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Letter from the Editor

Natural hazards are threats from naturally occurring events that cause harm to humans and the things they value. Natural hazards science examines phenomena and processes that affect humans, and how humans respond to these phenomena. It includes investigations on the origination of events in the geosphere, atmosphere, hydrosphere, biosphere, and the exosphere (space) as well as our responses to such events, including: the social processes that govern risk assessment, management, preparation and prevention, mitigation, resilience, and adaptation.

Because the science examines interactions between natural and human systems, multidisciplinary expertise is necessary to clarify the complexities involved -- from the natural sciences and engineering, to the social and health sciences, and the science of policy and governance. Here, the breadth of subject matter ranges from specific hazard types or perils (such as earthquakes, floods or cyclonic storms) to more complex events with cascading or secondary effects. One cascading event we know well: the Tohoku earthquake (shown in the image below) and tsunami in Japan in 2011, which inundated the Fukushima nuclear power plant causing a major meltdown and release of radioactivity, contaminating both the immediate area and other places downwind. In this light, our primary subject matter also includes social themes (such the human consequences and responses to hazard events and mechanisms for reducing impacts through mitigation, risk reduction, and enhanced resilience). Such themes reflect societal processes that aggravate or attenuate hazards exposure and consequences (such as vulnerability, development, and governance and their variability from local to global scales).

Tohoku Earthquake Aftermath

No single individual has the breadth of knowledge across all natural hazard science domains, but collectively we can interact and integrate our research to build a robust and transformative science that helps to explain natural hazards, their impacts, and how we respond to them. This is why this Oxford Research Encyclopedia of Natural Hazard Science is such an exciting project, and one that will have a lasting impact on the field.

Directly nourishing the vision for the Oxford Research Encyclopedia of Natural Hazard Science is the production of quality, synthesis articles that trace the development of the topical area of focus. Written by recognized experts, the articles will address historical and consensus perspectives, along with research trends— what we currently know, what that knowledge is based on, and what is not known. Articles will detail the intellectual antecedents of the topical area as well as key seminal ideas and luminaries who helped shape the field, identify controversies and premiere debates, and finally address the influence of research on public policy and practice. This is a monumental task, but our team is clearly engaged and energized by the potentials at hand.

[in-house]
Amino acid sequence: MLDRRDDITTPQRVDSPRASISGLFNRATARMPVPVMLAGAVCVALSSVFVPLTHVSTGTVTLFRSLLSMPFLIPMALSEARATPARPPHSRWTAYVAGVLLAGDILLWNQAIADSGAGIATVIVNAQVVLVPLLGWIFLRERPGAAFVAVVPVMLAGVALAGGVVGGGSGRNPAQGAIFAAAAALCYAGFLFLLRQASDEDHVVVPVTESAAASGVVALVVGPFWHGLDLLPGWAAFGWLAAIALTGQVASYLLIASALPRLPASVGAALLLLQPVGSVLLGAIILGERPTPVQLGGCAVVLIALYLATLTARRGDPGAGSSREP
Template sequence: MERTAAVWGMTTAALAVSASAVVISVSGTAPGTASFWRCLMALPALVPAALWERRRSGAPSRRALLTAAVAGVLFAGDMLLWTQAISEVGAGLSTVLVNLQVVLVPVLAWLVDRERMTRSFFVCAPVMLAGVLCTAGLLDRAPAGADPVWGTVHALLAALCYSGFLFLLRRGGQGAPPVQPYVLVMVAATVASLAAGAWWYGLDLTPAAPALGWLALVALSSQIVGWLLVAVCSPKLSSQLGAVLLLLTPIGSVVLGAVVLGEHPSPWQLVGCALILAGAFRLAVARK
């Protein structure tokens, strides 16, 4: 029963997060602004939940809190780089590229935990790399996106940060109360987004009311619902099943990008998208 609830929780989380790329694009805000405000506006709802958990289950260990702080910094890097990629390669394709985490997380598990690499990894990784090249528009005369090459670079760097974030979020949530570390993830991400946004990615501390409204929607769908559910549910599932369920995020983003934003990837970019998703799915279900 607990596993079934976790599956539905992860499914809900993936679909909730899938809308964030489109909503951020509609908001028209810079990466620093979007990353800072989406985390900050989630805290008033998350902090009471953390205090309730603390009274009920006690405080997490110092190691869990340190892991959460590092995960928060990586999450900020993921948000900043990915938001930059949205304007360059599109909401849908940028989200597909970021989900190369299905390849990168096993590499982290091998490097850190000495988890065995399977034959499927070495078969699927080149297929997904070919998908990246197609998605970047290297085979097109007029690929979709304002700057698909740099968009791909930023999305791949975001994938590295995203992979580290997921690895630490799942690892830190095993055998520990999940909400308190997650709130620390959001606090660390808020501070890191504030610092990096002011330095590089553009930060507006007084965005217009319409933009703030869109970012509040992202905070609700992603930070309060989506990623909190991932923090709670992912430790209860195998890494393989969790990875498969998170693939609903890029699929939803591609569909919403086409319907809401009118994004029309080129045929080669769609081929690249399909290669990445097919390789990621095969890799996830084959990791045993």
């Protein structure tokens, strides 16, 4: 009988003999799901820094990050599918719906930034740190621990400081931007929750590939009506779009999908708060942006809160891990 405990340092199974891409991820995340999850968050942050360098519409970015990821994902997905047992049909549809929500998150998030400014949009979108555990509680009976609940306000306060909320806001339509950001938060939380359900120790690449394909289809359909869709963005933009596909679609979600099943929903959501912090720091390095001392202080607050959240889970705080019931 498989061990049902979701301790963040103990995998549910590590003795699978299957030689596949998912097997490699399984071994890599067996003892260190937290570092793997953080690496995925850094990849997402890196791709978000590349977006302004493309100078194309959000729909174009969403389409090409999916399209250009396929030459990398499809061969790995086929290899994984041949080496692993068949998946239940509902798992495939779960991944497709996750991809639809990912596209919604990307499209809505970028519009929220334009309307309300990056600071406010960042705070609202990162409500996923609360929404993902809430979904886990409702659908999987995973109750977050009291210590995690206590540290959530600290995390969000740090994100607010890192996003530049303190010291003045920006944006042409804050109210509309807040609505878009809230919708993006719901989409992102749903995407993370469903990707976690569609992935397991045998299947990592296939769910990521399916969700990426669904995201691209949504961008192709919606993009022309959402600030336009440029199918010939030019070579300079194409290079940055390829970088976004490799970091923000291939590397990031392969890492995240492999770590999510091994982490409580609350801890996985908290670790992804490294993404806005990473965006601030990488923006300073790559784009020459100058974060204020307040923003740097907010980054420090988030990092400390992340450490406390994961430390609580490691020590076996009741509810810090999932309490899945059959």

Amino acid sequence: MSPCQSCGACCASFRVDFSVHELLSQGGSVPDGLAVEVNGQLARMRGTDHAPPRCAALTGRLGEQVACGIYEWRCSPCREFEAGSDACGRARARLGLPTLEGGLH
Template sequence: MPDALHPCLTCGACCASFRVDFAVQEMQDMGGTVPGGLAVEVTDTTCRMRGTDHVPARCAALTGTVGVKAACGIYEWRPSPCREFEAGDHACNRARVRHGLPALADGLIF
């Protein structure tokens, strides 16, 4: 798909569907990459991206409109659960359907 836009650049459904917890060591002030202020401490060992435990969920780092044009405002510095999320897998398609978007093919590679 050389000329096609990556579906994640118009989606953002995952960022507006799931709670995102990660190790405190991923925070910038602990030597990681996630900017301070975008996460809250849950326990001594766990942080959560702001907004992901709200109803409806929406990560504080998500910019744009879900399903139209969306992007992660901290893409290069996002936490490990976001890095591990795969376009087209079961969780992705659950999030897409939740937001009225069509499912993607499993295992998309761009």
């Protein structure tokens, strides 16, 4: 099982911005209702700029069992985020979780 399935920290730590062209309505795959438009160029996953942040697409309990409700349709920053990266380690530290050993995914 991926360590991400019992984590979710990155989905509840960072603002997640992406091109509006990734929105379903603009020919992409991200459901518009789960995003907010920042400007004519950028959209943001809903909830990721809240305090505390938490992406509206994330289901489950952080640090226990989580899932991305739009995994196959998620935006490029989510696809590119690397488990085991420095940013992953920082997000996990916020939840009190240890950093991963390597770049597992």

There are several ways that we can facilitate the integration of the content we will publish toward a more comprehensive, synthetic understanding of natural hazard phenomena. Whether this means assembling articles around defined thematic areas, co-authorship from diverse fields, robust cross-referencing, and more, the synthetic context will prevail. We feel that both the specialist and non-specialist will benefit from such an arrangement: the specialist can gain a broader and more comprehensive view of a topical area and related areas, while the non-specialist can gain the kind of perspective that he or she will need in order to understand a topical area and its referents. More importantly, educators and students can use the resource as a way of discovering past and contemporary trends, including areas requiring more or different research, and of course contextualizing their own contributions to the advancement of natural hazard science.

Susan Cutter

The cornerstone of the Oxford Research Encyclopedia of Natural Hazard Science is this digital, online service, coupled with specially-produced curated volumes that will publish on line and in print. As the research community learns valuable knowledge from every disaster, which can be captured and incorporated quickly in this online format, periodic updates and revisions will be important. This dynamic functionality will also serve to keep the encyclopedia current.

My hope is that the Oxford Research Encyclopedia of Natural Hazard Science will be the integrated research hub (or go-to place) for professionals, policy makers, scientists, researchers, educators and students interested in learning more about natural hazard science in both its historical and contemporary contexts. I am excited by the possibility of making a lasting contribution to how our science progresses in its basic understanding and in its research-based applications toward reducing the impacts of natural hazards on society. This timely, innovative project, ever evolving, integrated in content and approach, engaging a team of internationally-acclaimed experts, provides a perfect venue. Understanding that natural hazards affect everyone, everywhere, we embark on this adventure together, and look forward to your comments and feedback.

Susan L. Cutter, Ph.D.
University of South Carolina
Editor in Chief

Susan Cutter